Galmudug pastoralists getting desperate as livestock sales stagnate



Wednesday July 15, 2020

Osman Mahamud Gedi, father of seven, has been back and forth to the livestock market at Wasil, 60 km from Hobyo town in central Somalia’s Galmudug state, in the past two weeks trying to sell four goats.

His family’s herd of 80 goats, survivors of recent drought, are now in prime condition after good grazing. But Wasil market, where normally 200 animals would exchange hands every day, is now practically closed for business.

Gedi even walked 30 km to the Gawan livestock market with his goats, but after 10 days he still had no buyers.The knock-on effects of Coronavirus restrictions on the economy are being hard felt in this part of the country.

“It’s rare to find anyone with money these days,” Gedi said.

“The best offer I could get were from those who wanted to take the goats on credit for reselling, but I’d rather slaughter the goats for the family or let them graze and wait for another day than give them away on credit.”

Hundreds of Somali pastoralists like Gedi are finding it hard to sell their animals, at a time when business should be brisk due to the approaching Arafah festival, when Muslims buy animals for ritual slaughter.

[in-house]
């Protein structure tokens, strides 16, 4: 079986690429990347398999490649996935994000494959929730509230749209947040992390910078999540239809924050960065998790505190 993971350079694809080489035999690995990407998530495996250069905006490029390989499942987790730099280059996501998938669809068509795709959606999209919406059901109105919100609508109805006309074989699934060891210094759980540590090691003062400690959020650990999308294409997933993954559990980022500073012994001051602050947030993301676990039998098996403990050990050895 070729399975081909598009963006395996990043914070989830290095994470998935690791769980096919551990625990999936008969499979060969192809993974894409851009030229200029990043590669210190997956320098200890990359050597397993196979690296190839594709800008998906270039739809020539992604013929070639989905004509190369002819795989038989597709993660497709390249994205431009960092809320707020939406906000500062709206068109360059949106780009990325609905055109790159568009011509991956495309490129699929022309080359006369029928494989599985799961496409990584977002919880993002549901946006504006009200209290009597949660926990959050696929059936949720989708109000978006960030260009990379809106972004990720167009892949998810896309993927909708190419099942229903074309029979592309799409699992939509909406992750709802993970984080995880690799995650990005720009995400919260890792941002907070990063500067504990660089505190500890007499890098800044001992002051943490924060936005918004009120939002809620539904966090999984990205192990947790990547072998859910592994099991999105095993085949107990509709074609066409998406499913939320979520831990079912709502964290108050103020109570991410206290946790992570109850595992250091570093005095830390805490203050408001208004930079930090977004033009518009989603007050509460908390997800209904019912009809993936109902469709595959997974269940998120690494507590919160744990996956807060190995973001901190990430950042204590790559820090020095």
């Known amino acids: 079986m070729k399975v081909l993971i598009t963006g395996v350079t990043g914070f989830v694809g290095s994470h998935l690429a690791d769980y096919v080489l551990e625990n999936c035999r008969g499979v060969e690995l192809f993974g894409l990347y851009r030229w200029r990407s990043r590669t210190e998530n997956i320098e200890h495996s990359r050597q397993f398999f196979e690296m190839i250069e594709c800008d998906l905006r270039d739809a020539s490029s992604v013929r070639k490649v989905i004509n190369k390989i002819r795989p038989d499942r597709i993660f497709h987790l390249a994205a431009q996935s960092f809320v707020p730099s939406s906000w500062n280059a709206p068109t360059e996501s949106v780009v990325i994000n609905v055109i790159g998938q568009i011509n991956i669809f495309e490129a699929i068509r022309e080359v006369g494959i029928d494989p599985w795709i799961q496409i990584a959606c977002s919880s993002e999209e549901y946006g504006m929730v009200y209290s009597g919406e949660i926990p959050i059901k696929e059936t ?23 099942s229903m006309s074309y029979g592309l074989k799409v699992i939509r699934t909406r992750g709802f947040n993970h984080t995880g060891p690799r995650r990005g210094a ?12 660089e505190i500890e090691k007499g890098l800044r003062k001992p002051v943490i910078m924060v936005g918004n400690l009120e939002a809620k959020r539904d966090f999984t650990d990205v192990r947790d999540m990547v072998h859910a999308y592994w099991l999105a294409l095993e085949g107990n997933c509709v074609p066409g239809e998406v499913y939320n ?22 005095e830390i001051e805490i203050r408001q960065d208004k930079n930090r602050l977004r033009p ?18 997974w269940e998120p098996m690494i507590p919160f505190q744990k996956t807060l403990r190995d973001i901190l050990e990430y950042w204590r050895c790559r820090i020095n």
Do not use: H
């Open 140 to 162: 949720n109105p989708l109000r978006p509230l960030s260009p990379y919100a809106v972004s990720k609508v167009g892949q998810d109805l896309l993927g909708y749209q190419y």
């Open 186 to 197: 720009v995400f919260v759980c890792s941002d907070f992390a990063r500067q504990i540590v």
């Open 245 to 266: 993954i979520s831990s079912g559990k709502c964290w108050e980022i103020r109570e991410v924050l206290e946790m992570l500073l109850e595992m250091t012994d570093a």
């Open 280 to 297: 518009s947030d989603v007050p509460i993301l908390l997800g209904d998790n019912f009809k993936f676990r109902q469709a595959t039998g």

“We rely on the money we make from selling our animals to buy rice, sugar, clothes, and other items, and we can’t even get those things on credit now because no one is giving credit these days,” explained Gedi.

Ali Mohamed Jama, nicknamed Ali Madobe, is a broker at Wasil livestock market. He told Radio Ergo that he has not made a single transaction for nearly two weeks.

“Pastoralists have stopped bringing in animals because no one is buying. Even the butchers in town are complaining of slow business,” he said.

The slowdown started in early June, when goat prices began falling from $60 to $30 per head, despite the improved condition of the animals after the rain.

Hassan Nur Elim, a herder with 68 goats in rural Wisil, is very worried because his family depends on livestock. He told Radio Ergo that his family of eight is struggling to make ends meet.

“About three days ago, I took six goats to the market hoping to sell them and buy food with the money. But I did not make any sales,” he said, feeling dejected about the state of the livestock market.



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